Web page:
BOSTON--Test equipment supplier Teradyne Inc. here posted $789.2 million in sales and a net income of $117.7 million for the fourth quarter of 2000, but the company also lowered projections for system shipments by 20% in Q1 this year from the just-ended period.
Teradyne's Q4 sales--excluding the impact of the adoption of Staff Accounting Bulletin 101--were 44% higher than $548.5 million in the period a year ago, but 7% sequentially lower than $848.0 million in the third quarter of 2000.
"As we begin 2001 in semiconductor test, the environment is much less favorable than was true at the beginning of 2000," cautioned George Chamillard, chairman and chief executive officer of the Boston company. "There appears to be excess capacity in the industry. There are concerns about the economies of several countries that drive technology spending, and many of the end markets that have been driving the industry for the last two years are forecasted to grow less than in the past."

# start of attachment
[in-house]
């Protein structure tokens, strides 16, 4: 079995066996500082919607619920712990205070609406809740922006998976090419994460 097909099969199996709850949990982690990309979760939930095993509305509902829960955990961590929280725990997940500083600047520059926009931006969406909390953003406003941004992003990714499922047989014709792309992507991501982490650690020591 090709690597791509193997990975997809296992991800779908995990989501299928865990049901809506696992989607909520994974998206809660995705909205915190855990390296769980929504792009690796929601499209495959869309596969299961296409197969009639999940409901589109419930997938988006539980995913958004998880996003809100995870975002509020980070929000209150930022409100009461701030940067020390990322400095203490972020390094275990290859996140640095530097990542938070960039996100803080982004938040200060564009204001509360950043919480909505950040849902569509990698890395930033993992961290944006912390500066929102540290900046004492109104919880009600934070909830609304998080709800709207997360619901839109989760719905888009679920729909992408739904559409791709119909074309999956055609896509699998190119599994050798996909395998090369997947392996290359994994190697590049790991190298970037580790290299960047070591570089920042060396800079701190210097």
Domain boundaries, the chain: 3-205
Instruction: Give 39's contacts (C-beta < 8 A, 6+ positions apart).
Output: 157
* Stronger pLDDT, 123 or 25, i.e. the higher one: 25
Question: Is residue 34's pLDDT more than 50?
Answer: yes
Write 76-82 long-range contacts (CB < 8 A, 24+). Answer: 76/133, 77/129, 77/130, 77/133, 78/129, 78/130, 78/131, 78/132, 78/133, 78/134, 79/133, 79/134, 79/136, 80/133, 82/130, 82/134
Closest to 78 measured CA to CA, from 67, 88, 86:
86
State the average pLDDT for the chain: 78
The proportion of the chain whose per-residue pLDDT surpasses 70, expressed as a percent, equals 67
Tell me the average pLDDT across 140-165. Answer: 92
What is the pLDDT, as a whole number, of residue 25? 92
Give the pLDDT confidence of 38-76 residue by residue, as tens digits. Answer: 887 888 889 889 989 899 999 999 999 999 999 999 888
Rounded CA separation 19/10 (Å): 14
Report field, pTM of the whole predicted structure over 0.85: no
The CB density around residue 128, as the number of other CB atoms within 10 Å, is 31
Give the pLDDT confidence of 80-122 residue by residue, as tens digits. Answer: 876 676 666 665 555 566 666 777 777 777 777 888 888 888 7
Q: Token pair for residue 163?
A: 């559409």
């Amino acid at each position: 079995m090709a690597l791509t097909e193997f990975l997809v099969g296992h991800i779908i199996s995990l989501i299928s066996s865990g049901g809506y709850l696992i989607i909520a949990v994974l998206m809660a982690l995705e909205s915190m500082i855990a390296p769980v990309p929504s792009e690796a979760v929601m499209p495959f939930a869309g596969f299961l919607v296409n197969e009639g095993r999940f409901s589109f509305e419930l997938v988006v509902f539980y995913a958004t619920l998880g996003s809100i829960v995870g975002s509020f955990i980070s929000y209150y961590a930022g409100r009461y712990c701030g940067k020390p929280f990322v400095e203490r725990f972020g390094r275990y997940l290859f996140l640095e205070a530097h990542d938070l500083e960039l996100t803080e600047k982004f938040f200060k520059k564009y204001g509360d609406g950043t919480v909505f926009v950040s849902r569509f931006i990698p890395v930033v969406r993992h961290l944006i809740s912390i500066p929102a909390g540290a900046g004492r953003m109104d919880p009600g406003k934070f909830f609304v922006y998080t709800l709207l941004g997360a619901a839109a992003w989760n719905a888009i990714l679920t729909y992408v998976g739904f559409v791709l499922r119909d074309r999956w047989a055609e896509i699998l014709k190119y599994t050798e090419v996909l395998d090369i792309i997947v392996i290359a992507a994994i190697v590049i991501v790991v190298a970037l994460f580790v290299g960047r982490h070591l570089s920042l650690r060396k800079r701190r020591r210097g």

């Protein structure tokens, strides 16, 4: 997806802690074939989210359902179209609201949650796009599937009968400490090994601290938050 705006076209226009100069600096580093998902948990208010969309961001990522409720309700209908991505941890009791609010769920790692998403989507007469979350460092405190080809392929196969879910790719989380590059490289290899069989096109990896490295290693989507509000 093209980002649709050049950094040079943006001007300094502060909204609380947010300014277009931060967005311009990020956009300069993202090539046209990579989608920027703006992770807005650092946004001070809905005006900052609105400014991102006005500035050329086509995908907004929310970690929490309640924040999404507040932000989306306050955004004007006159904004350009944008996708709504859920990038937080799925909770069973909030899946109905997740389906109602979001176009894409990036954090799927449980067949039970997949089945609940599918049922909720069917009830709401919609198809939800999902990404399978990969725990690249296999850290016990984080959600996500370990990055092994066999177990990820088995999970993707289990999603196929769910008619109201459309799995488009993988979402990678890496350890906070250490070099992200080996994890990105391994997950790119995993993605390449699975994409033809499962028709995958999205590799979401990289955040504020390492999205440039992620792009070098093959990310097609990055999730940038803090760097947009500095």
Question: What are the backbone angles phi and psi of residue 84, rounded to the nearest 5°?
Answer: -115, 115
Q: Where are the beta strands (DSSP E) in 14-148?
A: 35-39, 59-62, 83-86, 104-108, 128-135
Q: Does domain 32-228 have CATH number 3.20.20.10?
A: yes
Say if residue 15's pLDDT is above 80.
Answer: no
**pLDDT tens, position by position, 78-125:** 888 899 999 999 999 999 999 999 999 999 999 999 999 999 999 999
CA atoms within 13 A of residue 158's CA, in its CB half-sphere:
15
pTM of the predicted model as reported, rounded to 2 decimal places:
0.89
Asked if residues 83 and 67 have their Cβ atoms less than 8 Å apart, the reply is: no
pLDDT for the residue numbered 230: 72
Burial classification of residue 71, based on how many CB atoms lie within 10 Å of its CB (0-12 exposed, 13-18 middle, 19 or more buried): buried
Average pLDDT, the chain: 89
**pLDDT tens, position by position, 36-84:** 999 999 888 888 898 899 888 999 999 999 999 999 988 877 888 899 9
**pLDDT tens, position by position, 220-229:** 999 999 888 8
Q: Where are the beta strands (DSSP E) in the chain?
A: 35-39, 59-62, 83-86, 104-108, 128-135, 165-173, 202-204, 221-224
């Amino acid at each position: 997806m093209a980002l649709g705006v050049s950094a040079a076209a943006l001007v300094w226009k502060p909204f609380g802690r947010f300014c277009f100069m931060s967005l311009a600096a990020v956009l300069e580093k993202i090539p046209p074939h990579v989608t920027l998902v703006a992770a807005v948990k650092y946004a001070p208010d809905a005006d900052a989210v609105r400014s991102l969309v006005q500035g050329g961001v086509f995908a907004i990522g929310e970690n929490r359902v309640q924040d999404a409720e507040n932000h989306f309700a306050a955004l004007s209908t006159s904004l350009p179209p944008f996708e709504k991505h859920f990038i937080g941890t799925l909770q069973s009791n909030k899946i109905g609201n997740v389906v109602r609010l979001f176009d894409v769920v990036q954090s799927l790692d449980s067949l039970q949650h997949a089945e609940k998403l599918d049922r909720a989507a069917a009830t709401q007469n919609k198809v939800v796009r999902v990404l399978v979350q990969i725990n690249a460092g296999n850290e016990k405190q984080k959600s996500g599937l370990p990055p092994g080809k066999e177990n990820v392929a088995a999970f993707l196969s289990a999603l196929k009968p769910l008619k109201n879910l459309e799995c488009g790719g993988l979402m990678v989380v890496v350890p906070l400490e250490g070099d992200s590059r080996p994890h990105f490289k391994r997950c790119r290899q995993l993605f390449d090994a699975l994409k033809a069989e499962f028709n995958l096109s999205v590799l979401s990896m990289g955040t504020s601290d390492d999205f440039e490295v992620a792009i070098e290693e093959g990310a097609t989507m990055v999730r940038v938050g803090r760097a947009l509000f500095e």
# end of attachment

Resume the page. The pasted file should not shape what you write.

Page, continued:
Consequently, Teradyne is projecting a 20% reduction in shipments in the first quarter.
"We currently hold the view that 2001 will have a slow first half and a better second half, but the only thing that we know for certain is that the industry is very volatile and we therefore will remain flexible and will capitalize on the conditions that present themselves," Chamillard added.
Teradyne's net income for the fourth quarter 2000 period came in at $117.7 million, or $0.66 per share, compared to $75.2 million, or $0.42 per share, in Q4 of 1999. Teradyne said its first-quarter 2001 earnings will fall sharply to about $0.30 per share due to the expected slowdown in tester shipments.
For the entire year, Teradyne's sales reached $3.04 billion, a 70% jump from $1.79 billion in 1999. The company's net income last year totaled $517.9 million compared to $191.7 million in 1999.